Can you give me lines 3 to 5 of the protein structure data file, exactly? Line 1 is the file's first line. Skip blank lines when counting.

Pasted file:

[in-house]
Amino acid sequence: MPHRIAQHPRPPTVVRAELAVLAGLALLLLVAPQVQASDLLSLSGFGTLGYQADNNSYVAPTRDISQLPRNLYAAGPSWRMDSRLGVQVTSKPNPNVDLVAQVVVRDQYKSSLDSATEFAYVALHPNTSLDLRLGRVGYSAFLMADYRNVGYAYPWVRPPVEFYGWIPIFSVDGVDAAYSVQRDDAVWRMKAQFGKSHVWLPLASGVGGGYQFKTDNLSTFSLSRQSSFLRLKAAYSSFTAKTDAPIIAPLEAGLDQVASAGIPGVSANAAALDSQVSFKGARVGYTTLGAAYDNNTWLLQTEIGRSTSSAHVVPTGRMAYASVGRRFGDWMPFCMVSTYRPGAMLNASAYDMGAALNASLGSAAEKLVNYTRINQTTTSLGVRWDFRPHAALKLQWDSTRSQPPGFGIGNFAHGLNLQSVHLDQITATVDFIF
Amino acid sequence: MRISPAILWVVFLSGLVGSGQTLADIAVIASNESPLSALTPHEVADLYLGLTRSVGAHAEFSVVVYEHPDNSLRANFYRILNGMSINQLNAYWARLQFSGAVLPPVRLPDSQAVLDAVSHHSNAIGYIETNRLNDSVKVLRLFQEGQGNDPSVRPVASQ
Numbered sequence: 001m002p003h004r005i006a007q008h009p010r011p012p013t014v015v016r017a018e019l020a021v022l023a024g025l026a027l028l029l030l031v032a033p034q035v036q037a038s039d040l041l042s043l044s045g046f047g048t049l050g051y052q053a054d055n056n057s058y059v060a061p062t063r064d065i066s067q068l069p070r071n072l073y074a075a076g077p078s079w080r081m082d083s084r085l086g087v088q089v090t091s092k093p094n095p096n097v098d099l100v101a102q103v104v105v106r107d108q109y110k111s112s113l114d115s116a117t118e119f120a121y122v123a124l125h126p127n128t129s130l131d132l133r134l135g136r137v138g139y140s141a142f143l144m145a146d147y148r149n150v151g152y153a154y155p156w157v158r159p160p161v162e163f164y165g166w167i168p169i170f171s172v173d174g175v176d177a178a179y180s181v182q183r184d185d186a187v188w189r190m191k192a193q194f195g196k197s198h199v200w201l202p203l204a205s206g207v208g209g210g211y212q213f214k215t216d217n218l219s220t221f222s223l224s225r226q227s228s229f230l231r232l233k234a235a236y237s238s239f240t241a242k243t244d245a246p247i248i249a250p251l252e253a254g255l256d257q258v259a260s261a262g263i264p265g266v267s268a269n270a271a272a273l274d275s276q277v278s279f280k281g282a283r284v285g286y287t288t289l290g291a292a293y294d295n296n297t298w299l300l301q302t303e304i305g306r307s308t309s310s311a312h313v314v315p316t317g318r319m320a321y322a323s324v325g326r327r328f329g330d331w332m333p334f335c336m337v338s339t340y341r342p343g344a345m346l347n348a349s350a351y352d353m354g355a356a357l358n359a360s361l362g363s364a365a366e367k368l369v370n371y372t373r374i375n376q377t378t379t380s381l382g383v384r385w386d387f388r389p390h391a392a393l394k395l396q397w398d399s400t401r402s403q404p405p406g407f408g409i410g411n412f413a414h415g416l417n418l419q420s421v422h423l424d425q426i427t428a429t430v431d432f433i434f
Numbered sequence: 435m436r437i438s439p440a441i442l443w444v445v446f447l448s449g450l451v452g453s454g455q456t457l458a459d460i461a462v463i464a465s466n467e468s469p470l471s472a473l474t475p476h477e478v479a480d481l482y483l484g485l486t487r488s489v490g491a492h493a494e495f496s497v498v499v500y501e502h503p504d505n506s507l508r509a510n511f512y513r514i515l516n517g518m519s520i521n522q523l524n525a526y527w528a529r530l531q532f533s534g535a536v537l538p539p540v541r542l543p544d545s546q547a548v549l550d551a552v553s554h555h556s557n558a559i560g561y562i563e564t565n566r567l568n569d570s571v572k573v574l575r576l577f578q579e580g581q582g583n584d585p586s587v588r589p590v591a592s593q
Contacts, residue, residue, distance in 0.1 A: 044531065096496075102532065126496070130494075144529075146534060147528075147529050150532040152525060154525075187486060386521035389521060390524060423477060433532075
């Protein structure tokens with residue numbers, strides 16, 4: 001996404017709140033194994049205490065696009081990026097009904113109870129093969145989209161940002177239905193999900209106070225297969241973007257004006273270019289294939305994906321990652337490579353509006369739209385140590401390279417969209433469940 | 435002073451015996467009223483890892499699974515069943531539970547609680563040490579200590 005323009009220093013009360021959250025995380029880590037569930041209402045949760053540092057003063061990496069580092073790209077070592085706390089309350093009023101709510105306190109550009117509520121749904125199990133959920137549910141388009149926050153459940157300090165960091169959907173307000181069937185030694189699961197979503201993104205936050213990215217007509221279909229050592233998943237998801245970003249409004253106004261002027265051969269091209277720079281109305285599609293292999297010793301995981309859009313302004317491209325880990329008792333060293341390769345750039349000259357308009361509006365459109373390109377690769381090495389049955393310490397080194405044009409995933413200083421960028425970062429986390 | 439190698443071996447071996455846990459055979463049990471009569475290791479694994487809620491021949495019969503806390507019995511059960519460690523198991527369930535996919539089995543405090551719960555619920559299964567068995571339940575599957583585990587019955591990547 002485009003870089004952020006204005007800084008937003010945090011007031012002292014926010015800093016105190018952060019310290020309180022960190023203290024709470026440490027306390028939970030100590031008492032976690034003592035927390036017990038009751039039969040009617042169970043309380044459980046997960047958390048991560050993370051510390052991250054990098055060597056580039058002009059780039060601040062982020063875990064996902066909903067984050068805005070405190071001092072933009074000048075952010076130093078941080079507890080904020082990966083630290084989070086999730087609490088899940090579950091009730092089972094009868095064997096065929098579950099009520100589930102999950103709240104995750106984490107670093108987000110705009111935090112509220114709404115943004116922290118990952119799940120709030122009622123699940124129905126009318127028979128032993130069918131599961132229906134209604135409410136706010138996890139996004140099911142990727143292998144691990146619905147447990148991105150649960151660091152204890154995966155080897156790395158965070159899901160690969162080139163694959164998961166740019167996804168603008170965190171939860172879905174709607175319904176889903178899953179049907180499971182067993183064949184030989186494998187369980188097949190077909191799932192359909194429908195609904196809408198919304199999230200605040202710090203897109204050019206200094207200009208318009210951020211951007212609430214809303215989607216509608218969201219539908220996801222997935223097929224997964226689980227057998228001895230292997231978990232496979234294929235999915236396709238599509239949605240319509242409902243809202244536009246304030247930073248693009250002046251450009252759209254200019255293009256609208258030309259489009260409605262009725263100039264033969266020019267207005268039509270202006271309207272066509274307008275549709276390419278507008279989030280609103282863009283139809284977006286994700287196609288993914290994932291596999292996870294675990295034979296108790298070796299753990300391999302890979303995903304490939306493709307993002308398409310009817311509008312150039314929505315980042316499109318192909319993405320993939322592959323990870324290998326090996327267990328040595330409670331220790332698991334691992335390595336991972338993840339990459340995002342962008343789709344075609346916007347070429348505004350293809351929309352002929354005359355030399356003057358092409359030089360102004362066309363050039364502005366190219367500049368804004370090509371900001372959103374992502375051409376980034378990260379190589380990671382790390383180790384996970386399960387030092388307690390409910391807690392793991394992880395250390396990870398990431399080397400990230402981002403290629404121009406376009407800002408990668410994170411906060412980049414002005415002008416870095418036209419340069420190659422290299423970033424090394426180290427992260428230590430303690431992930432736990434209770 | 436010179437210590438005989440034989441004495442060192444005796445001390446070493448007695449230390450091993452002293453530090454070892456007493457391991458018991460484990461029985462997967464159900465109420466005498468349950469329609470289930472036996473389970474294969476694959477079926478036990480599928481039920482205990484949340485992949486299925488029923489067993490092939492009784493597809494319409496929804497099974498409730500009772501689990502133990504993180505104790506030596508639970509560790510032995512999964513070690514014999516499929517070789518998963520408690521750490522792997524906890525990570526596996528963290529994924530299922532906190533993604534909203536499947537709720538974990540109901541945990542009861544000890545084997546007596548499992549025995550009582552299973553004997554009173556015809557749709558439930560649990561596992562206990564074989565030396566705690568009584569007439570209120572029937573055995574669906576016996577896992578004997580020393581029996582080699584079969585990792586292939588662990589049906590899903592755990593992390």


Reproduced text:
Amino acid sequence: MRISPAILWVVFLSGLVGSGQTLADIAVIASNESPLSALTPHEVADLYLGLTRSVGAHAEFSVVVYEHPDNSLRANFYRILNGMSINQLNAYWARLQFSGAVLPPVRLPDSQAVLDAVSHHSNAIGYIETNRLNDSVKVLRLFQEGQGNDPSVRPVASQ
Numbered sequence: 001m002p003h004r005i006a007q008h009p010r011p012p013t014v015v016r017a018e019l020a021v022l023a024g025l026a027l028l029l030l031v032a033p034q035v036q037a038s039d040l041l042s043l044s045g046f047g048t049l050g051y052q053a054d055n056n057s058y059v060a061p062t063r064d065i066s067q068l069p070r071n072l073y074a075a076g077p078s079w080r081m082d083s084r085l086g087v088q089v090t091s092k093p094n095p096n097v098d099l100v101a102q103v104v105v106r107d108q109y110k111s112s113l114d115s116a117t118e119f120a121y122v123a124l125h126p127n128t129s130l131d132l133r134l135g136r137v138g139y140s141a142f143l144m145a146d147y148r149n150v151g152y153a154y155p156w157v158r159p160p161v162e163f164y165g166w167i168p169i170f171s172v173d174g175v176d177a178a179y180s181v182q183r184d185d186a187v188w189r190m191k192a193q194f195g196k197s198h199v200w201l202p203l204a205s206g207v208g209g210g211y212q213f214k215t216d217n218l219s220t221f222s223l224s225r226q227s228s229f230l231r232l233k234a235a236y237s238s239f240t241a242k243t244d245a246p247i248i249a250p251l252e253a254g255l256d257q258v259a260s261a262g263i264p265g266v267s268a269n270a271a272a273l274d275s276q277v278s279f280k281g282a283r284v285g286y287t288t289l290g291a292a293y294d295n296n297t298w299l300l301q302t303e304i305g306r307s308t309s310s311a312h313v314v315p316t317g318r319m320a321y322a323s324v325g326r327r328f329g330d331w332m333p334f335c336m337v338s339t340y341r342p343g344a345m346l347n348a349s350a351y352d353m354g355a356a357l358n359a360s361l362g363s364a365a366e367k368l369v370n371y372t373r374i375n376q377t378t379t380s381l382g383v384r385w386d387f388r389p390h391a392a393l394k395l396q397w398d399s400t401r402s403q404p405p406g407f408g409i410g411n412f413a414h415g416l417n418l419q420s421v422h423l424d425q426i427t428a429t430v431d432f433i434f
Numbered sequence: 435m436r437i438s439p440a441i442l443w444v445v446f447l448s449g450l451v452g453s454g455q456t457l458a459d460i461a462v463i464a465s466n467e468s469p470l471s472a473l474t475p476h477e478v479a480d481l482y483l484g485l486t487r488s489v490g491a492h493a494e495f496s497v498v499v500y501e502h503p504d505n506s507l508r509a510n511f512y513r514i515l516n517g518m519s520i521n522q523l524n525a526y527w528a529r530l531q532f533s534g535a536v537l538p539p540v541r542l543p544d545s546q547a548v549l550d551a552v553s554h555h556s557n558a559i560g561y562i563e564t565n566r567l568n569d570s571v572k573v574l575r576l577f578q579e580g581q582g583n584d585p586s587v588r589p590v591a592s593q